Once you have everything you need, contact your local written-off vehicle station and get the ball rolling. In QLD they are called WOVI and their website is www.wovi.com.au. Personally I found them a pain to deal with. My main issue was you either had to make an email inquiry or ring the provided number. This number is not a direct line. The person on the end takes your details and forwards them to WOVI who call you back at their leisure. The company does not give any time frame when they are going to ring and only call on a private number. I’ve got no issues with private numbers (some tin foil hat people don’t answer them), but if you miss the call they don’t leave a number to call them back on and you have to do the process again.

In my case they required a receipt from the previous owner (for when he purchased the bike). I was unaware of this because I missed their calls at work. This delayed the process a couple of days as I had to get them to call me back. They then wanted me to pay a re-inspection fee of $55 because I didn’t get back to them in time (I didn’t have to in the end, thank goodness). So make sure you have everything you require and more.

The actual vehicle inspection is essentially checking that the vehicle isn’t stolen and everything matches the VIN. This is the main reason why NSW have canned repairable write-offs, they were having issues with vehicles being ‘re-birthed’ and this is their way of reducing the problem. The safety certificate already tells them the vehicle is fixed up and ready for the road.

The process itself only takes a few days if there are no issues. Once they have completed all the checks they stamp your documents proving that they are certified and supply you with documentation stating your bike is able to be registered.

After the inspection is done it is simply a matter of going to main roads with your paperwork to get the bike registered.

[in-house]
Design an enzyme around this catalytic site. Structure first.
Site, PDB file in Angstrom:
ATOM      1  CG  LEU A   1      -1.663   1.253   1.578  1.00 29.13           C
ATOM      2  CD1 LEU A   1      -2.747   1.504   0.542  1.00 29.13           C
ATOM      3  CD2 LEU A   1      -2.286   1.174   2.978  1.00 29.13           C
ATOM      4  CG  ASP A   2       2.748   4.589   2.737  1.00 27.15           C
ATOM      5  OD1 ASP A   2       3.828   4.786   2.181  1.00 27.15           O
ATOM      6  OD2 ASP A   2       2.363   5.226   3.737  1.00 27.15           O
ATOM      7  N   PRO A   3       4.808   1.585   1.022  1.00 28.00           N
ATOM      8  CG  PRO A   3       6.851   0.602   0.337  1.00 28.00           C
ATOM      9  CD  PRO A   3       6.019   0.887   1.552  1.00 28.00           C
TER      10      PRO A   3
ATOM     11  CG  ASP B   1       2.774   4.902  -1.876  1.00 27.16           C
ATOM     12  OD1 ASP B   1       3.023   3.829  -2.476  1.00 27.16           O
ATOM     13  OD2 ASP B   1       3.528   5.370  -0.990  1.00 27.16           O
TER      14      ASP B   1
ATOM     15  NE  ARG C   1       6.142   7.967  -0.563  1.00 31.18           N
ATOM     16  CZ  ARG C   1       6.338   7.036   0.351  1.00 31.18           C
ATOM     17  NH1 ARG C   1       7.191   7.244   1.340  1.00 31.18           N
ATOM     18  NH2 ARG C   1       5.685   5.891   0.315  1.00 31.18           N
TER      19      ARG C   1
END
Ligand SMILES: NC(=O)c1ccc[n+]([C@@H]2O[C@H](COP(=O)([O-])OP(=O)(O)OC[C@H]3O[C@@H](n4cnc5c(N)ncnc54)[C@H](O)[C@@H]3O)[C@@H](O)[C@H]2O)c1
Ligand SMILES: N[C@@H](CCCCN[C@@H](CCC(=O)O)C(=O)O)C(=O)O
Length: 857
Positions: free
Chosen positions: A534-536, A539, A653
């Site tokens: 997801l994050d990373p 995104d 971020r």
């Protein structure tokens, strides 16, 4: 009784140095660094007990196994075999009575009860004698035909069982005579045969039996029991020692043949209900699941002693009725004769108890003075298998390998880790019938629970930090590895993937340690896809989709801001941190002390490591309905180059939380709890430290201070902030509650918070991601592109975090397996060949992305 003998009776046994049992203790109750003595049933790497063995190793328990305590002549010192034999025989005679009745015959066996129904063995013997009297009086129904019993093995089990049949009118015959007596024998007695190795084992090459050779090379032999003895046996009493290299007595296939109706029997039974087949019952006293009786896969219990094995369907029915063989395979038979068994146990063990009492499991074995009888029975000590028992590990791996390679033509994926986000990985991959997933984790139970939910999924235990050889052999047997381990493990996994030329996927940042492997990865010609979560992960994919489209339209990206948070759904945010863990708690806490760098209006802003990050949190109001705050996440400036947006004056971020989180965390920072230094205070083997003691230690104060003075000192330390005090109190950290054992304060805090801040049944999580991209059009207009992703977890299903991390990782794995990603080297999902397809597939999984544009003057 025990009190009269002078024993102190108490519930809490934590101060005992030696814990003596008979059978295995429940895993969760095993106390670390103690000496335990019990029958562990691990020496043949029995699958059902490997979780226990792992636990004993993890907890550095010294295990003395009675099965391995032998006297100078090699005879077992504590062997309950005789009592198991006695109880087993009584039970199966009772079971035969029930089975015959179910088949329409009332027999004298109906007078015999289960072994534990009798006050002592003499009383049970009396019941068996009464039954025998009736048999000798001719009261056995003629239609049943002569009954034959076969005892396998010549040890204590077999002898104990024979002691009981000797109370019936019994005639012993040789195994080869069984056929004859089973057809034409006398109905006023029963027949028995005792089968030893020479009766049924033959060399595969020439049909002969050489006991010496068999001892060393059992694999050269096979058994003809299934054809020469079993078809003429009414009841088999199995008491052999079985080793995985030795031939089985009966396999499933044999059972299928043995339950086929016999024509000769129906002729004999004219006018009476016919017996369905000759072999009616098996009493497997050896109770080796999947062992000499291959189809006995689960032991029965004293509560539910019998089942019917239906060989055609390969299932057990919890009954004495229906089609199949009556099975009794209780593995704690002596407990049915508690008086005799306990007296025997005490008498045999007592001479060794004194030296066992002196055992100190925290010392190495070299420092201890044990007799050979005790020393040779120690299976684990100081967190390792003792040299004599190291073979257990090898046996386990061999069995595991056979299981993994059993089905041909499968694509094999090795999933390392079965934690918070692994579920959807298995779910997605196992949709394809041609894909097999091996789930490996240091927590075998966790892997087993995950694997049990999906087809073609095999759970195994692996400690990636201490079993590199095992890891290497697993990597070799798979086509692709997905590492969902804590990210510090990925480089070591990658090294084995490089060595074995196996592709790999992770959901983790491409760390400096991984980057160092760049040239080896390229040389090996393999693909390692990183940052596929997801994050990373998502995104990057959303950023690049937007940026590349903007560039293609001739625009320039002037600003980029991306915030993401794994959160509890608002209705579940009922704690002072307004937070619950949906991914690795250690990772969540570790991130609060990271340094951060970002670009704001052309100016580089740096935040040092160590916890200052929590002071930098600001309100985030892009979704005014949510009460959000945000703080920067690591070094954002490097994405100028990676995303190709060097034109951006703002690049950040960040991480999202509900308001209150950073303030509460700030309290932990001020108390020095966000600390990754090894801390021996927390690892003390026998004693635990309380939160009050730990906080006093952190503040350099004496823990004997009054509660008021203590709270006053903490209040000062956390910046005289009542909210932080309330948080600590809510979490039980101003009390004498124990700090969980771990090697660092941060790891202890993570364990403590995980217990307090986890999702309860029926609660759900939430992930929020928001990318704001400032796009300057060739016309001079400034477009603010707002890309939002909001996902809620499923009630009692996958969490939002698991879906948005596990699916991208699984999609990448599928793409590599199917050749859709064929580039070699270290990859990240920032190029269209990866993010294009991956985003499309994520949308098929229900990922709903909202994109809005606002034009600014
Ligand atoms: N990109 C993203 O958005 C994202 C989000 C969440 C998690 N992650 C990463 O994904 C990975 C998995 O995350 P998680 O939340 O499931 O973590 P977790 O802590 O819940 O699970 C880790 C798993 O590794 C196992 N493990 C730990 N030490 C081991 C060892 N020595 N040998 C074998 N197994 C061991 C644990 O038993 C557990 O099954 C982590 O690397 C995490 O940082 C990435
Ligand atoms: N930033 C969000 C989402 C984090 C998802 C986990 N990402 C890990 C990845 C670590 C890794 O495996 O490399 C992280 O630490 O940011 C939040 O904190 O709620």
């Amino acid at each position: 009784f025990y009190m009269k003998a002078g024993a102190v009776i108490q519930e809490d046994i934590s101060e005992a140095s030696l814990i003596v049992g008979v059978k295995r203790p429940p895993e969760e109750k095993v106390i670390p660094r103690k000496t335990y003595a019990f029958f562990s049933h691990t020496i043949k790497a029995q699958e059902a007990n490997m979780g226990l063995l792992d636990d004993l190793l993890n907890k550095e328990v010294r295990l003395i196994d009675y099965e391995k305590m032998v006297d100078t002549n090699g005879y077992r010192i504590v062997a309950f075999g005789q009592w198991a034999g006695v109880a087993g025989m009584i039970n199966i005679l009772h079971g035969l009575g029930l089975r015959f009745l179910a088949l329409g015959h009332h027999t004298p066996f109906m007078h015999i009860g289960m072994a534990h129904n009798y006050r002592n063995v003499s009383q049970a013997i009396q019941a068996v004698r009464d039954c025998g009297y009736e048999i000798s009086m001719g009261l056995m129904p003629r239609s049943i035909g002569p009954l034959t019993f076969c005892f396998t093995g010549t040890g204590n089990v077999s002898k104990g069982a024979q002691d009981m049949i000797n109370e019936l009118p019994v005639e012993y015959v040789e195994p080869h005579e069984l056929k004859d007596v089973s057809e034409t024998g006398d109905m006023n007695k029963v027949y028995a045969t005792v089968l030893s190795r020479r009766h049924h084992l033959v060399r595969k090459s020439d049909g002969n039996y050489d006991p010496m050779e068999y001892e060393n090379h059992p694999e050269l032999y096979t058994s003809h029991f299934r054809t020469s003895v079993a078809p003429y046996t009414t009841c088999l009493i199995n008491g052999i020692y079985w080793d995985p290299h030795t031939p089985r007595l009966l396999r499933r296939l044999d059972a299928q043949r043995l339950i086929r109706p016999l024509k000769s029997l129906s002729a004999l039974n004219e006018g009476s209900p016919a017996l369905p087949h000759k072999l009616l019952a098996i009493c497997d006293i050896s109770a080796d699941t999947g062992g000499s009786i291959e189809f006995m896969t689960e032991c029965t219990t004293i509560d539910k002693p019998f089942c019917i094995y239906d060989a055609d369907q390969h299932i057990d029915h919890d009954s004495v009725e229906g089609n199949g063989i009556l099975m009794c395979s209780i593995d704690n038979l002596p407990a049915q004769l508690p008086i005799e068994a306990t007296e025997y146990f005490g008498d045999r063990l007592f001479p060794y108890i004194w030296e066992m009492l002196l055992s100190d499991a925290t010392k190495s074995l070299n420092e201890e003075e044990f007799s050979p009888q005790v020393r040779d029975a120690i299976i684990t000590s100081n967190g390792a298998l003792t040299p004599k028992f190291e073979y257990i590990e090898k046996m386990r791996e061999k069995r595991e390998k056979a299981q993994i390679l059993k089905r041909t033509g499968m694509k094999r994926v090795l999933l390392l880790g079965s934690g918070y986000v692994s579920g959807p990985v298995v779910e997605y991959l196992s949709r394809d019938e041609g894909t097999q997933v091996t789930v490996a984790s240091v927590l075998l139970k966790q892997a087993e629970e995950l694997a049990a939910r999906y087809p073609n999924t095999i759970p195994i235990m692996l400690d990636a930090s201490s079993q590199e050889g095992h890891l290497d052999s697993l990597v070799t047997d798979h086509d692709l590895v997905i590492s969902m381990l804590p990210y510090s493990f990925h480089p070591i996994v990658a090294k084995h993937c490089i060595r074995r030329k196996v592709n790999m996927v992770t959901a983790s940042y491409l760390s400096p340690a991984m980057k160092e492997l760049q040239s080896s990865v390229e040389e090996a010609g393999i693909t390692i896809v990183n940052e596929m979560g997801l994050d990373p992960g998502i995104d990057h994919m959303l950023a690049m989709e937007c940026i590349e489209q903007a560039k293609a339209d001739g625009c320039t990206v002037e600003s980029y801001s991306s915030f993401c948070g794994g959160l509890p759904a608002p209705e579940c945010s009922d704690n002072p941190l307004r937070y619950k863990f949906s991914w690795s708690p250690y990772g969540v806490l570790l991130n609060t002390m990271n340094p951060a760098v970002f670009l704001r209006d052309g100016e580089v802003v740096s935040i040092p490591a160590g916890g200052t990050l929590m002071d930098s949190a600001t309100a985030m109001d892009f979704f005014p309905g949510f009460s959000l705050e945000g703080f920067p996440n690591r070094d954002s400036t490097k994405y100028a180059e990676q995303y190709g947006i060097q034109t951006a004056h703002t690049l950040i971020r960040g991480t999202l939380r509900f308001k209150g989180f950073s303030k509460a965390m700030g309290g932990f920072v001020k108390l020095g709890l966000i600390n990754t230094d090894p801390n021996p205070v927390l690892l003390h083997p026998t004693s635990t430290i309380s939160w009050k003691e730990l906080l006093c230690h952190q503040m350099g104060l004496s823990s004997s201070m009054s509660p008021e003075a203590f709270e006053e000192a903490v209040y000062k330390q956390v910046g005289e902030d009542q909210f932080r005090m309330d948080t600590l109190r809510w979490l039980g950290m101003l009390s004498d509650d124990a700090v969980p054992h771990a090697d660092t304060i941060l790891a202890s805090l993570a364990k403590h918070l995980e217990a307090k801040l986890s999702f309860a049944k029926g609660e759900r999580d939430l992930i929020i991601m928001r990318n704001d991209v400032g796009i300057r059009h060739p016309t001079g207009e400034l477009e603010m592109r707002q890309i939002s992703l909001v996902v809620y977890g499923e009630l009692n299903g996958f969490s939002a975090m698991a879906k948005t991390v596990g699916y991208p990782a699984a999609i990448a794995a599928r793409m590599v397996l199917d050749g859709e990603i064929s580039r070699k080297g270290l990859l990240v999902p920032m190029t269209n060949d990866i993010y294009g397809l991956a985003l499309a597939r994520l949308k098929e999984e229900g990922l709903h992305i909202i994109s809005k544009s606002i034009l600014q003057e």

Is it worth it?

There are arguments either way on whether or not it’s worth your while. Personally I think it depends on what you’re after and what’s available. On top of this you have to factor in the costs involved. For me the bike was $2700, $440 for transport, $50 for the safety certificate, $335 for the vehicle inspection and then $400 for 6 months of new registration. So for roughly $3925 the bike was on the road and ready to rock. This isn’t factoring in your time and transporting the bike to and from places either. In saying that, $3925 is a pretty cheap, ready to rock Cagiva Raptor 1000. If I didn’t have to pay interstate transport that’s a very cheap Cagiva Raptor.

If you do find something worth a look at it pays to know a bit about bikes. If you don’t, take someone that does. Cosmetic damage can be fixed but frames, forks and engine problems cost serious cash money. If the bike is mainly cosmetic damage and is an easy, cost effective fix I would start considering it, as long as it’s cheap.

The main issue with buying a repairable write-off though is that currently there are so many good second-hand bikes available on the used market. It’s just not worth it a lot of the time when you can pick up something that hasn’t been binned and doesn’t need a lot of work for a pittance. And when it comes time to move on a repairable write-off they are harder to sell and will go for less.

So, are they worth it? I think write-offs can be a good idea, especially as a track bike. If you find a bike that was a repairable write-off and is currently registered, have a look. But if you have to get everything done, the bike has to be cheap or you are better off getting something else.